The artwork was produced using black chalk on paper, using a relatively small area of just 14,6 x 7,6 cm. It may well have originally been a part of a small sketchbook before later being separated and given away as a gift. This drawing came up for sale as recently as 2021 and achieved a sale price of 17,640 Euros at Sotheby's, Paris. The model for the portrait has never been confirmed beyond doubt but the suggestion of Wilde holds some potential because of how he appeared in several Toulouse-Lautrec paintings. He was a great lover of French culture and would later exile himself here after his lifestyle brought him into conflict with the law in England. Perhaps in a similar manner to Toulouse-Lautrec, he would find himself free and comfortable within Montmartre, for example, but also specifically appreciated the intellectuals that he came across here. This particular drawing is limited to just an outline, with the briefest of details covering the gentleman's hat and hair. The shape suggests a portly figure in fairly thick clothing, with his coat reaching all the way down to his knees.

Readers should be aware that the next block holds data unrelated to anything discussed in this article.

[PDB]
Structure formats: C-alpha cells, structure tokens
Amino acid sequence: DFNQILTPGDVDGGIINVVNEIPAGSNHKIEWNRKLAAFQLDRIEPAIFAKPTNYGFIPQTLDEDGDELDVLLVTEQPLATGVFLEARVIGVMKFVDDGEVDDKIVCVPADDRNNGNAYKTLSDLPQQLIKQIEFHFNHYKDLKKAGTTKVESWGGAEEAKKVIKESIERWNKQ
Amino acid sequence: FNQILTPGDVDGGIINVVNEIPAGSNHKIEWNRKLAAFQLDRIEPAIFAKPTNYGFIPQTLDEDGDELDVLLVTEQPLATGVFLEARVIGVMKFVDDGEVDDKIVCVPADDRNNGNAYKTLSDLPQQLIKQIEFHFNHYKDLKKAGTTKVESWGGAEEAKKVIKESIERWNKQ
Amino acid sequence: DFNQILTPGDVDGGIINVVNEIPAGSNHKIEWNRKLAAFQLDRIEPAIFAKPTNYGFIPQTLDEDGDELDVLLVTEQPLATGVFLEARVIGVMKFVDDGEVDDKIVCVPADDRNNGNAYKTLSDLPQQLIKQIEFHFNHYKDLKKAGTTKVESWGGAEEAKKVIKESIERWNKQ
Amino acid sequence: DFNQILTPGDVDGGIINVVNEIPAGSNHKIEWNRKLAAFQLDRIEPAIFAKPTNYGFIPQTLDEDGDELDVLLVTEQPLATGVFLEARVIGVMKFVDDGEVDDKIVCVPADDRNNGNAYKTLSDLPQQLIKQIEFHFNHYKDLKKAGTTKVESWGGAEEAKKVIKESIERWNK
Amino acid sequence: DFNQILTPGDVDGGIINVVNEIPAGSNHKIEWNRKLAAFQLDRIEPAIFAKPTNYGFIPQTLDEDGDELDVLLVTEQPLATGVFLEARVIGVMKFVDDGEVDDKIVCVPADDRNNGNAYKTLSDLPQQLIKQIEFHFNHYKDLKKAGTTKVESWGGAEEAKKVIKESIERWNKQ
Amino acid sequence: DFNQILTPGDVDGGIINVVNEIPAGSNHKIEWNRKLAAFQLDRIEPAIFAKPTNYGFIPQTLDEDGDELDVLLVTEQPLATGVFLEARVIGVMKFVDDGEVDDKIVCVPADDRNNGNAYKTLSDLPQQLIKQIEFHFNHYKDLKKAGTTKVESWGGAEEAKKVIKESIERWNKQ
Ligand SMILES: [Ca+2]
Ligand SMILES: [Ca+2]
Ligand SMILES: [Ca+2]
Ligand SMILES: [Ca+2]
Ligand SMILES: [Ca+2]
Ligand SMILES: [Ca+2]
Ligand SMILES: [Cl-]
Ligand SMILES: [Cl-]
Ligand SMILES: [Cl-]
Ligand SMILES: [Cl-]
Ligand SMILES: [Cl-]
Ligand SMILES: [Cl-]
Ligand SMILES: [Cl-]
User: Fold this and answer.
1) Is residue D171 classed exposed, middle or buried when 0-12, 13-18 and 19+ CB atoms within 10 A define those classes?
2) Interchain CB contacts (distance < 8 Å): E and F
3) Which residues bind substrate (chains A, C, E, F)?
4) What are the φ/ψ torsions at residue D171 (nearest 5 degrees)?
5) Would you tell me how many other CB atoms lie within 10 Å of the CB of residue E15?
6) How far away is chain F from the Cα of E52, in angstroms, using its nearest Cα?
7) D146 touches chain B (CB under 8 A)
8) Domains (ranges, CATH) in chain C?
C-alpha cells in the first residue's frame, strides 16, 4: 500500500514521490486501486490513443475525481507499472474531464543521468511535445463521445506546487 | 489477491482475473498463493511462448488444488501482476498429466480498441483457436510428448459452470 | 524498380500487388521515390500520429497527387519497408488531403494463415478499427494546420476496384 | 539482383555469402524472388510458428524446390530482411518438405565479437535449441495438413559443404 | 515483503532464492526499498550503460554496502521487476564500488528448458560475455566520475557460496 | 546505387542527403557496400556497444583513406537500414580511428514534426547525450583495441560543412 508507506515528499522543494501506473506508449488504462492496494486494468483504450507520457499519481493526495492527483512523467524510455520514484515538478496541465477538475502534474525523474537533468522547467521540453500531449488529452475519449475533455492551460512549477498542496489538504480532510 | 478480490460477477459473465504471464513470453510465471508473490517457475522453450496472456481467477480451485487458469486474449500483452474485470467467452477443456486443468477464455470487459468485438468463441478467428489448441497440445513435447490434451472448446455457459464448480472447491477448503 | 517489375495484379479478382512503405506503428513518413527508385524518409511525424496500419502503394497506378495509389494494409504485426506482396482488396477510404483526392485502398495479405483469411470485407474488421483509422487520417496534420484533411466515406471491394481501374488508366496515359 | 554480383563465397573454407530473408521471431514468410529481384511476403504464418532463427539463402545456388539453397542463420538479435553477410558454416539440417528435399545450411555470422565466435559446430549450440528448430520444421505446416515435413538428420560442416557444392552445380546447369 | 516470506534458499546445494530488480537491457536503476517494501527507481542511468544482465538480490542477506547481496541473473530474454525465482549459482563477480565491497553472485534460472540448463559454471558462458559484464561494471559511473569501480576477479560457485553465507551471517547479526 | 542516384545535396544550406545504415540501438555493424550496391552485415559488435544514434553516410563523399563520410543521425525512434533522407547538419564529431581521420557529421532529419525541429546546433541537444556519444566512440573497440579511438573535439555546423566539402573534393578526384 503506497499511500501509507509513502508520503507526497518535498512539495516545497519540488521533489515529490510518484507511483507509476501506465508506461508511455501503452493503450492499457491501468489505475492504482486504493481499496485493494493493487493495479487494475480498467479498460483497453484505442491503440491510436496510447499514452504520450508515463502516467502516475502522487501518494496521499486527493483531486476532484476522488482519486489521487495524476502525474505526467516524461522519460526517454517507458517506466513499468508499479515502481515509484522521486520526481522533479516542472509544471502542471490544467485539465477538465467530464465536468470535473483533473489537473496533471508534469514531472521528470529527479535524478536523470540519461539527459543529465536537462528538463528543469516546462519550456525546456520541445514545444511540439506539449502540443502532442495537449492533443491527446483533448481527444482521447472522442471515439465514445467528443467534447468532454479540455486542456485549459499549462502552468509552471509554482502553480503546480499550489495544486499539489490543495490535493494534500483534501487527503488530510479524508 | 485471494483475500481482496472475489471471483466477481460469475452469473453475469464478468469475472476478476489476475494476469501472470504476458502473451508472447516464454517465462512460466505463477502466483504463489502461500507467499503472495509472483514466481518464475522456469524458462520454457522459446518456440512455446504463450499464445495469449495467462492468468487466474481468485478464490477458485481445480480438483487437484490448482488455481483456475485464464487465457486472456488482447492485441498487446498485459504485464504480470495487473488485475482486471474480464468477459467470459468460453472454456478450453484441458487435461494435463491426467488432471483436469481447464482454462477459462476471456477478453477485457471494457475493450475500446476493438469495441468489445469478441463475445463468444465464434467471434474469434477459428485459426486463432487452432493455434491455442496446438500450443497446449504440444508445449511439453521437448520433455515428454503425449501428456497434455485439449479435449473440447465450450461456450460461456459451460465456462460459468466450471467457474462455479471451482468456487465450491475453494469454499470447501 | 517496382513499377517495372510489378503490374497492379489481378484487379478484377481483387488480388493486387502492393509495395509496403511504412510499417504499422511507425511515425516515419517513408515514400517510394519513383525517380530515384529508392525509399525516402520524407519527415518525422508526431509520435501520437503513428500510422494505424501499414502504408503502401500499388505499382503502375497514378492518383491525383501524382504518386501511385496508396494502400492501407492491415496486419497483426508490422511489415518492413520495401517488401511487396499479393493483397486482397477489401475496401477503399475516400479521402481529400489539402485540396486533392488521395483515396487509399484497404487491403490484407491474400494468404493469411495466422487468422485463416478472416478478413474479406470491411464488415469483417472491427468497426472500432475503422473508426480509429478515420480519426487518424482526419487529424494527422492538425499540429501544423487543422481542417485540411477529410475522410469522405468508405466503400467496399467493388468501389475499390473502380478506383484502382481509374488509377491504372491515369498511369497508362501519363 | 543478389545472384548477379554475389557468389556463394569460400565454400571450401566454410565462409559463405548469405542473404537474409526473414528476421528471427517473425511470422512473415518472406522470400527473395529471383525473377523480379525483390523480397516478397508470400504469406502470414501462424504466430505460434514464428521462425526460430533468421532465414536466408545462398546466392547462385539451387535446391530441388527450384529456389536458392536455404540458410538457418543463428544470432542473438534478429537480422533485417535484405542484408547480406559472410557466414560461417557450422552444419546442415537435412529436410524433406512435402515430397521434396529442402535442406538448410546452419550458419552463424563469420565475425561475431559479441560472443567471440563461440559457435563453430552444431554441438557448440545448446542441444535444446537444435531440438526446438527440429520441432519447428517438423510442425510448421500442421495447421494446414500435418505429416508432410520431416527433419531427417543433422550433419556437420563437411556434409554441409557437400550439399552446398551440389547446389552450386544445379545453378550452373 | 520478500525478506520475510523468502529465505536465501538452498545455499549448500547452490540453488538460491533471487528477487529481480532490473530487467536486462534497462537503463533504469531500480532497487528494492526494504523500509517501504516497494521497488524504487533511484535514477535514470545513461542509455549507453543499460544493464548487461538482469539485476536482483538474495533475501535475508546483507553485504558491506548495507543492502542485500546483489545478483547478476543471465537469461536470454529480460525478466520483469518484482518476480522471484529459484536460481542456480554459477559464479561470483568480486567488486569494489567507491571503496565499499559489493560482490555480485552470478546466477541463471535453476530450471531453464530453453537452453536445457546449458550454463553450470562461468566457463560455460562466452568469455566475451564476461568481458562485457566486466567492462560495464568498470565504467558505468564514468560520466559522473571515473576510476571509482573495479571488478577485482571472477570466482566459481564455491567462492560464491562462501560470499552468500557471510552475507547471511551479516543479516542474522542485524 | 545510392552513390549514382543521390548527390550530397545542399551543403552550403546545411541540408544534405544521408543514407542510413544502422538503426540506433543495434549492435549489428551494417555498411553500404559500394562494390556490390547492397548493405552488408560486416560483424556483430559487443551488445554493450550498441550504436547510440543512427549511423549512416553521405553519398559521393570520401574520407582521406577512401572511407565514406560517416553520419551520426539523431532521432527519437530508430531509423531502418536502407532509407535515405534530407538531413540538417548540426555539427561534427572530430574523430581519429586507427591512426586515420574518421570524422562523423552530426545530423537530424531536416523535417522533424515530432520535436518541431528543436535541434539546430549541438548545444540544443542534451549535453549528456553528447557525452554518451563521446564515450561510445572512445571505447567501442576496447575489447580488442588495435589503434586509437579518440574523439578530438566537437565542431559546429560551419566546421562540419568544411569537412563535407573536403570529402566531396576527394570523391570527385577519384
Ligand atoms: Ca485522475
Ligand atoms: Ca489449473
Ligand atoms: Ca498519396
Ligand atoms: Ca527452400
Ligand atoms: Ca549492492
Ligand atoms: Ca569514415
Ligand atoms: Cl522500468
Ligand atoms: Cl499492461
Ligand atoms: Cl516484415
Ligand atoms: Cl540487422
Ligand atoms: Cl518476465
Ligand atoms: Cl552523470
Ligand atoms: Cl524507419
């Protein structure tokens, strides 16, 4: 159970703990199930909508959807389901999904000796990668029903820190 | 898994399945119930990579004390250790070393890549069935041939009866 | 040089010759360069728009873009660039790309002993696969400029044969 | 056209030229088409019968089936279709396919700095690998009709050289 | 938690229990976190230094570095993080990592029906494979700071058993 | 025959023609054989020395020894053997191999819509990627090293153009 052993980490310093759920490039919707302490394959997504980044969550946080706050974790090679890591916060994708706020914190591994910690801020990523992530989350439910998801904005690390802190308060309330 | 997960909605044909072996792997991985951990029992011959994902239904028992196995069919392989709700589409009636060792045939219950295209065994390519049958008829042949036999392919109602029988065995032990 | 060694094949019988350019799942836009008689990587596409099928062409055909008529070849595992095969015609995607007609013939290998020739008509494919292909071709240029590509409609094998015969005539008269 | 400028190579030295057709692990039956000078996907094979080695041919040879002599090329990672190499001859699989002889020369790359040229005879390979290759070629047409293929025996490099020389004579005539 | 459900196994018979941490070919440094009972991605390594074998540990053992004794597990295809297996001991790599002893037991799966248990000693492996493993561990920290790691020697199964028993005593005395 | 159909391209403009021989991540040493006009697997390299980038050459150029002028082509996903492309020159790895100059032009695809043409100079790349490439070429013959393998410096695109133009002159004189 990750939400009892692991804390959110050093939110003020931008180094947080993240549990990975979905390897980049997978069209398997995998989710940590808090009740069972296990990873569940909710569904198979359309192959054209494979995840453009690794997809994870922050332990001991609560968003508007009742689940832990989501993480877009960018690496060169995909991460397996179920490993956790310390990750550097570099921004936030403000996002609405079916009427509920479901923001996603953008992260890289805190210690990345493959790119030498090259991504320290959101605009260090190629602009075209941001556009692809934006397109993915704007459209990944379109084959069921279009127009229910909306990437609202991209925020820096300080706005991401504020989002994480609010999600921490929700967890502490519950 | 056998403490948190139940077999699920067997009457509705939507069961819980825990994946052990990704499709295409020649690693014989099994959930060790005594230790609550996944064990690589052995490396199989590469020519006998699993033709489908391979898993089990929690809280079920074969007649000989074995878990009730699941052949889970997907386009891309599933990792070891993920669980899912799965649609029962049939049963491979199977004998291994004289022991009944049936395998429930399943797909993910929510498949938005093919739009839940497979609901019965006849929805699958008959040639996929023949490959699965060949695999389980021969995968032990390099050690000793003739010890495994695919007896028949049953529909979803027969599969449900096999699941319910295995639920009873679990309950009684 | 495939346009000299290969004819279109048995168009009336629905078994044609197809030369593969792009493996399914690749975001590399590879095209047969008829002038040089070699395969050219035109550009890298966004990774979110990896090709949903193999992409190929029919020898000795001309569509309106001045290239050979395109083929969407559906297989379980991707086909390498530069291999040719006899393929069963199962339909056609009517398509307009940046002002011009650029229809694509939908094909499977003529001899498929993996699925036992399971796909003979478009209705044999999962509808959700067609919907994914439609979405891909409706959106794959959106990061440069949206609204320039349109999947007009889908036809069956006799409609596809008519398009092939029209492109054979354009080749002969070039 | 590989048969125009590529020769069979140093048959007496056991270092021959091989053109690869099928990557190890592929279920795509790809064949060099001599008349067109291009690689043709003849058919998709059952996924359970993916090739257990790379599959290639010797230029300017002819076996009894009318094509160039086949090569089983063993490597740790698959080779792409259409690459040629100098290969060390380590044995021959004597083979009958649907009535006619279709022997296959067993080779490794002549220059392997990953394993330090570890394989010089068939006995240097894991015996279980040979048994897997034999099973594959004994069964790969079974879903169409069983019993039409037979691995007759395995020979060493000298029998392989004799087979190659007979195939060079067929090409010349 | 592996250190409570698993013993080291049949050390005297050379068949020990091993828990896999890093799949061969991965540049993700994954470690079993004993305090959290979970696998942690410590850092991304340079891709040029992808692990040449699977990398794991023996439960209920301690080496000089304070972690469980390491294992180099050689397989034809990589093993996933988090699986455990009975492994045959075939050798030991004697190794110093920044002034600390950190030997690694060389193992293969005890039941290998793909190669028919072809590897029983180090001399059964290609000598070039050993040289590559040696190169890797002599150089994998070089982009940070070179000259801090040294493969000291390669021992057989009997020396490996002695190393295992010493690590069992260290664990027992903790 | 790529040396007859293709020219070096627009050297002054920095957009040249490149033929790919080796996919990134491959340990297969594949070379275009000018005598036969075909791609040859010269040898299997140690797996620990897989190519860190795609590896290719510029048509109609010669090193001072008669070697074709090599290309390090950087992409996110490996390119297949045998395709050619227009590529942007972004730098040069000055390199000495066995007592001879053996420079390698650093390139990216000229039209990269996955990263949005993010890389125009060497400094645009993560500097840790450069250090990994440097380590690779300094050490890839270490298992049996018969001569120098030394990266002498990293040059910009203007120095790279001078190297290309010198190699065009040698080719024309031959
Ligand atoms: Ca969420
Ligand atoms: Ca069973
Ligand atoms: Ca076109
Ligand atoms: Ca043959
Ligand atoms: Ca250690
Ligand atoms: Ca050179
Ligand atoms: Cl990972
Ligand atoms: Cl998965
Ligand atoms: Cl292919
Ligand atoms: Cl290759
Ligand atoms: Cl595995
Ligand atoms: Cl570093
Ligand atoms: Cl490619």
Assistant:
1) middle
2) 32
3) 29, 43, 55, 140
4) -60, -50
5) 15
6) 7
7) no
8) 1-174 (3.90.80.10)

Toulouse-Lautrec completed many caricatures within his lifetime and would often tease his friends by adapting their image into a humouress one. He would meet and become friends with Wilde towards the end of the 19th century with the latter passing away in Paris just a few years later. Descriptions of Wilde at that time would confirm his portly appearance, and so the attribution to him as the model for this piece feels fairly likely. Wilde would also later be featured by the artist within some of his other more complex paintings, though not with the intention of anyone knowing who it was supposed to be. The artist even included himself in much the same anonomised manner. The style of this drawing, with brisk strokes of the pencil to be found on his legs and around the outline suggests that the artist was working in a playful manner and may have finished it in just a few minutes.
Henri de Toulouse-Lautrec used many mediums across his career and some remember him most for his posters which would help promote all manner of different creative ventures across Paris. He started to advertise novels and luxury items in a similar manner to Czech illustrator, Alphonse Mucha, but Toulouse-Lautrec created a unique body of work which focused on theatre activities. He loved ordinary people and was fascinated by their lives, discovering content from that which was intimate and interesting to a global audience, both then and now. His drawings display some of the raw skills which lay behind the more complex figurative work and deserve attention for this.